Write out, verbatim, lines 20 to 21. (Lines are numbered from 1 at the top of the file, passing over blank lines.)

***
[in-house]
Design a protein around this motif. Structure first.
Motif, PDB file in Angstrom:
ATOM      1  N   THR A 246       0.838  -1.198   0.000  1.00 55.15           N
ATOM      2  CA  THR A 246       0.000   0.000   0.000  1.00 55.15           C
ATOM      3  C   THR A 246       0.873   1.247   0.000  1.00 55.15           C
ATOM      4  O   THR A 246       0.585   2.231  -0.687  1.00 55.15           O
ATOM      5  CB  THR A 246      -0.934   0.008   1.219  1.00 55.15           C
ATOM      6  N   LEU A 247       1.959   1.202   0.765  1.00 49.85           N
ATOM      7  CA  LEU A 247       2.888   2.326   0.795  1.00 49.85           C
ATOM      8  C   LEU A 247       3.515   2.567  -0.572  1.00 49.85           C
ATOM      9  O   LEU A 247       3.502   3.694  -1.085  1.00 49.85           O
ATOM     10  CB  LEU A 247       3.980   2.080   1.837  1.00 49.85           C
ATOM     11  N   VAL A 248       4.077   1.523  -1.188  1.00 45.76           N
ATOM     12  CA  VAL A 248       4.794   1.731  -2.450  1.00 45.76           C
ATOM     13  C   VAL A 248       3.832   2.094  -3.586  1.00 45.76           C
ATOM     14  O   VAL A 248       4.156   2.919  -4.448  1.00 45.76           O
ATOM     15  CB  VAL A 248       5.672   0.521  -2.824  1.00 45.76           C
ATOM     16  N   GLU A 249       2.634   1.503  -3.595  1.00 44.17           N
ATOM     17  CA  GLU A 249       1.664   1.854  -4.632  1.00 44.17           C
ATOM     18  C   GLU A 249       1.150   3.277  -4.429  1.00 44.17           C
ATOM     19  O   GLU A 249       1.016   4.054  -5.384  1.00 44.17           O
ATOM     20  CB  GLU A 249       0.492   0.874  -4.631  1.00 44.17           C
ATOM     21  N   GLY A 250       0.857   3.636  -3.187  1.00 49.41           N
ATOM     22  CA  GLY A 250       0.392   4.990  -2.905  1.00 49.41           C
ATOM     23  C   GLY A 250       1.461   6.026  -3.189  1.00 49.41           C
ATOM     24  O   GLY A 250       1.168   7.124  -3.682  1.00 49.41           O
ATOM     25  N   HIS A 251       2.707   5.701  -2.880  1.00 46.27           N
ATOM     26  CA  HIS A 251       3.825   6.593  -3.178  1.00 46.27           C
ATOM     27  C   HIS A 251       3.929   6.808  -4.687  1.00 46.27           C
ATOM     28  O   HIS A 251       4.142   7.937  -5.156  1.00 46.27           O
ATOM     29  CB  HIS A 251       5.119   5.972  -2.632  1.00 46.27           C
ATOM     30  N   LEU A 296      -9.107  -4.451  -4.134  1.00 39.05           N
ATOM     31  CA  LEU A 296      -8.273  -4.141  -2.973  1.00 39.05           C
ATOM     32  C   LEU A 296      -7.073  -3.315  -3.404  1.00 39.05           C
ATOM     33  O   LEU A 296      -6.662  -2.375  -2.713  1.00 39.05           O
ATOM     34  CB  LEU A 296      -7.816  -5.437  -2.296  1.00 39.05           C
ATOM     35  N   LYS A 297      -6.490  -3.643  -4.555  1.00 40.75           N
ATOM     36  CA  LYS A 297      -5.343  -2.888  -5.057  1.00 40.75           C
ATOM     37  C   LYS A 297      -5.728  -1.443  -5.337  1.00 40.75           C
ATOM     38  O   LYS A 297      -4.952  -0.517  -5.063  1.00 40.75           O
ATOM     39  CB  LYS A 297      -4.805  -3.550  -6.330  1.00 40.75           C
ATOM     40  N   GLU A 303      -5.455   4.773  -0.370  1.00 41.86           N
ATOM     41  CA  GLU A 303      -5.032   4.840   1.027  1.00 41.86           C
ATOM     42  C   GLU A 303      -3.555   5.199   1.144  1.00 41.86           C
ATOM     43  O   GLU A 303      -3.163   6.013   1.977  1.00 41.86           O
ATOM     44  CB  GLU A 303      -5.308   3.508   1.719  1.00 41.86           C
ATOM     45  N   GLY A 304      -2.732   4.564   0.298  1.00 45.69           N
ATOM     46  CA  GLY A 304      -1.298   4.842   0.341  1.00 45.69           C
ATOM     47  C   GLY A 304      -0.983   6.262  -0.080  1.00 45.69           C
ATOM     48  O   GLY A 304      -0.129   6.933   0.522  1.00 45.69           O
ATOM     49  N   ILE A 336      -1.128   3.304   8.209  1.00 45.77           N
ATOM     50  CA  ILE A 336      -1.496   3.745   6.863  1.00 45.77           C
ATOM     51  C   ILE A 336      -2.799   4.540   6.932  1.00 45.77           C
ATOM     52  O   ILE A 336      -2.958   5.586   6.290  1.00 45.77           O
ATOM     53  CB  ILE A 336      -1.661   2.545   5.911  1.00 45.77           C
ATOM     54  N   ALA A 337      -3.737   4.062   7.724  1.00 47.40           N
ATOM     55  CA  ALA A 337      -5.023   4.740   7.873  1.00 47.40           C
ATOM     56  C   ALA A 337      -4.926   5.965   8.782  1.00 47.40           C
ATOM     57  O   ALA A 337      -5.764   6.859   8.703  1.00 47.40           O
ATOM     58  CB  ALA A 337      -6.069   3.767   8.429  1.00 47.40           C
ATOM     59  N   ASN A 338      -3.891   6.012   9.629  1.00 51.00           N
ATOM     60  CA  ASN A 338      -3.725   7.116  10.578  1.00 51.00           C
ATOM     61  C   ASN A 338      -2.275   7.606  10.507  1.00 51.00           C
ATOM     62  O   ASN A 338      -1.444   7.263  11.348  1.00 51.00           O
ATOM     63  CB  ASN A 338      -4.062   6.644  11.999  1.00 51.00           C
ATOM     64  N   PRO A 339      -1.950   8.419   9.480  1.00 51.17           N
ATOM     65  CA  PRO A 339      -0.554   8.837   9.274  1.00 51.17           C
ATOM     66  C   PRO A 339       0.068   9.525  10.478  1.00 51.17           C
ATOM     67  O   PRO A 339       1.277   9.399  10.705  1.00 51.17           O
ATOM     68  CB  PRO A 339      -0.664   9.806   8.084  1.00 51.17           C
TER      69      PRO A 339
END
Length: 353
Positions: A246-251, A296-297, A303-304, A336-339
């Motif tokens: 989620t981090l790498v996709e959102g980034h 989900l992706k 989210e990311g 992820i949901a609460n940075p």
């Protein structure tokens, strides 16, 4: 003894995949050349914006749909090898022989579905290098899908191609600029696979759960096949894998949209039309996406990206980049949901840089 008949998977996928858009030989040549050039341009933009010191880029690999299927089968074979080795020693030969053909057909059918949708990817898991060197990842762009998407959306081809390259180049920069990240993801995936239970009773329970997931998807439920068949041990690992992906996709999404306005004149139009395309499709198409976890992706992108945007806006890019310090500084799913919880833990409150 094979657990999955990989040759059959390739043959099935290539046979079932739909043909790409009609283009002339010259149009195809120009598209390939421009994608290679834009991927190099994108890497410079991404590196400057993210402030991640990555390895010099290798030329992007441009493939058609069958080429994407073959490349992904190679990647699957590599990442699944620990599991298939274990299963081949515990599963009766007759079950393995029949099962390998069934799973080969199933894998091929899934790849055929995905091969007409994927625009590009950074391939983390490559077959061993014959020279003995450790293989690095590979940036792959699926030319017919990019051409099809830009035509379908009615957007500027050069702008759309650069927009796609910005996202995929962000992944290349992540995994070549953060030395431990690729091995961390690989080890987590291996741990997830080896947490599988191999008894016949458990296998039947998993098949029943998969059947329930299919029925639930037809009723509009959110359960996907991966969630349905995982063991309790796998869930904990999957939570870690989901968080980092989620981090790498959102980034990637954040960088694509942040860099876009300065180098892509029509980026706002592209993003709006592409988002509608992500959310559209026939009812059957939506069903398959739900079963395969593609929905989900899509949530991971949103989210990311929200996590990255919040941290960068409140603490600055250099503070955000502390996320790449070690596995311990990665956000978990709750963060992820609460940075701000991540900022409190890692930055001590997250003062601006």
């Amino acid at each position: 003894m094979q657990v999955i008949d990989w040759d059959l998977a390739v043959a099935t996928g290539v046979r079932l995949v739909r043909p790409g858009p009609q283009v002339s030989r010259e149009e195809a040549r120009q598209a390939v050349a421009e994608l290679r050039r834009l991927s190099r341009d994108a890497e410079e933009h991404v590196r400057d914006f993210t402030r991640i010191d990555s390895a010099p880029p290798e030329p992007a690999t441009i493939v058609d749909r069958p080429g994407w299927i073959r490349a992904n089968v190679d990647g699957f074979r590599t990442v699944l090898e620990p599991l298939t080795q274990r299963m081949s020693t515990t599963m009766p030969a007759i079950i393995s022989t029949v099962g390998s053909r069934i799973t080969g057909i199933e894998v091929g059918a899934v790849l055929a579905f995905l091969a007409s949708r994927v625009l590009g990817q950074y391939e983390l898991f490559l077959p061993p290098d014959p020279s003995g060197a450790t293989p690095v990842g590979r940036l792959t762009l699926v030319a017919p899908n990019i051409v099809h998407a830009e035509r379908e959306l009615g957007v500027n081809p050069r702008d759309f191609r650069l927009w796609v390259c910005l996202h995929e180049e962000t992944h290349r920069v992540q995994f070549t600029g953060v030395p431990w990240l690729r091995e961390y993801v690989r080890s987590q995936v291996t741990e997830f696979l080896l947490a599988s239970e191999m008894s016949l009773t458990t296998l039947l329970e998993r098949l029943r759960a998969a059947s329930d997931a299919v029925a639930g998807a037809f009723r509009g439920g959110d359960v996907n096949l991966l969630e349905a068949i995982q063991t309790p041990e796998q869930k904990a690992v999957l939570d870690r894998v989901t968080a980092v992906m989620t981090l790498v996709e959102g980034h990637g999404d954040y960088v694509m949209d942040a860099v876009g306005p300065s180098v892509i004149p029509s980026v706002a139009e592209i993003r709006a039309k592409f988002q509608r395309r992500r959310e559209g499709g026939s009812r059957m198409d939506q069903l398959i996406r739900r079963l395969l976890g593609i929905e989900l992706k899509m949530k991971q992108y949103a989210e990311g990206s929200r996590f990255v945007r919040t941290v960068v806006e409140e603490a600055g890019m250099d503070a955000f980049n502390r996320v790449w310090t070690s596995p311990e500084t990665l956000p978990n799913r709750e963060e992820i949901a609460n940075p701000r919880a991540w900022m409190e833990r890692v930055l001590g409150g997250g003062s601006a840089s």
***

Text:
ATOM     17  CA  GLU A 249       1.664   1.854  -4.632  1.00 44.17           C
ATOM     18  C   GLU A 249       1.150   3.277  -4.429  1.00 44.17           C